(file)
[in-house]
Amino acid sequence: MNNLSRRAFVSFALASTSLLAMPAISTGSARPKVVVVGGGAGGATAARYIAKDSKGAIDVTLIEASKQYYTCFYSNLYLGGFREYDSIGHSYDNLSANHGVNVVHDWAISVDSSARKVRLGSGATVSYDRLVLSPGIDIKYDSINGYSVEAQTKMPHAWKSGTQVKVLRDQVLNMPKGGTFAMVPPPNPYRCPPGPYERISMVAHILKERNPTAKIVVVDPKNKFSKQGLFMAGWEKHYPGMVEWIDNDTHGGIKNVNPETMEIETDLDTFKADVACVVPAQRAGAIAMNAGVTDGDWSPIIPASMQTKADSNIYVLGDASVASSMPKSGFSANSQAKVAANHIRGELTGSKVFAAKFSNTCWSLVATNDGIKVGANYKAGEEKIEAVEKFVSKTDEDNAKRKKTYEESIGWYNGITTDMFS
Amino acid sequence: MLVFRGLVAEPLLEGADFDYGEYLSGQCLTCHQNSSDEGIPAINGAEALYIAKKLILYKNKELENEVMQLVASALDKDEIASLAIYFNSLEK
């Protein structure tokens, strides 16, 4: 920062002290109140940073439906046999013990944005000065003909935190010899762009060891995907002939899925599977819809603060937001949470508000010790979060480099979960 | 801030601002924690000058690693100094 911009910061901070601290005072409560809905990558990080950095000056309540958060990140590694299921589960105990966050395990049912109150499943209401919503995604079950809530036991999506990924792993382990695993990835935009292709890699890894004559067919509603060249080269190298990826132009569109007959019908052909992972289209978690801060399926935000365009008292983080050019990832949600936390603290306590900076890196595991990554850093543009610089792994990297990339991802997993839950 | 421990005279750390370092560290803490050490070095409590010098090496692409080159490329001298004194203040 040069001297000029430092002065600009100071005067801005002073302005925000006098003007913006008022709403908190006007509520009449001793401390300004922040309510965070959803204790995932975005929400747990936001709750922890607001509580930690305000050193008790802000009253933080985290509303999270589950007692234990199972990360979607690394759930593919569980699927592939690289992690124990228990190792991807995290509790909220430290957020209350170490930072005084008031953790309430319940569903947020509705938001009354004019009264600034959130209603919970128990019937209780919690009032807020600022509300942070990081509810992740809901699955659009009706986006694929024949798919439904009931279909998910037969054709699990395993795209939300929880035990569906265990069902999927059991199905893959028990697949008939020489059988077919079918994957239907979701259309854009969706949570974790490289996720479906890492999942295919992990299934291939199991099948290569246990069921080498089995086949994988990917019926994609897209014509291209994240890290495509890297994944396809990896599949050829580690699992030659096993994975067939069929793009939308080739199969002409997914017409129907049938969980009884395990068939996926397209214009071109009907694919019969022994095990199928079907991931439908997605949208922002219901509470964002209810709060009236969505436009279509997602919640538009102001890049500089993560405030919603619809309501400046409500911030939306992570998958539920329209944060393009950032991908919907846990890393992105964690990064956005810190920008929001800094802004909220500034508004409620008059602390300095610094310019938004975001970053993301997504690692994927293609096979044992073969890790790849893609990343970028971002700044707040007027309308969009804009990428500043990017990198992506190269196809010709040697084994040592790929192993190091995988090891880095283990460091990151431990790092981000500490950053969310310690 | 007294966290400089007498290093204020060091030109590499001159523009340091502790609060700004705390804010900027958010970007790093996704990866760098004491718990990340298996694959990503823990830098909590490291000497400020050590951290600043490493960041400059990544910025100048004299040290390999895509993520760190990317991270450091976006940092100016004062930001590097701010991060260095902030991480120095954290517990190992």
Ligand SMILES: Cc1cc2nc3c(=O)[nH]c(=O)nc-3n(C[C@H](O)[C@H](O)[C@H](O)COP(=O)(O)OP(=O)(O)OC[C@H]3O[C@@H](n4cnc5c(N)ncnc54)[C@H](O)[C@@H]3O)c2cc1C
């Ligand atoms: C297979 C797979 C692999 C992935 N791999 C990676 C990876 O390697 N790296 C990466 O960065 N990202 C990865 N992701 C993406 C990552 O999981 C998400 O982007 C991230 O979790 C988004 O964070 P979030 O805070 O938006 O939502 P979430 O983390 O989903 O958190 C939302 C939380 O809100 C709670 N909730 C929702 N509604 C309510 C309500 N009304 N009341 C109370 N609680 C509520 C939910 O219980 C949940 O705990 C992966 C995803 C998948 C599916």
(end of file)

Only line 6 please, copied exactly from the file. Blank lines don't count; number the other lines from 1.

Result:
């Ligand atoms: C297979 C797979 C692999 C992935 N791999 C990676 C990876 O390697 N790296 C990466 O960065 N990202 C990865 N992701 C993406 C990552 O999981 C998400 O982007 C991230 O979790 C988004 O964070 P979030 O805070 O938006 O939502 P979430 O983390 O989903 O958190 C939302 C939380 O809100 C709670 N909730 C929702 N509604 C309510 C309500 N009304 N009341 C109370 N609680 C509520 C939910 O219980 C949940 O705990 C992966 C995803 C998948 C599916």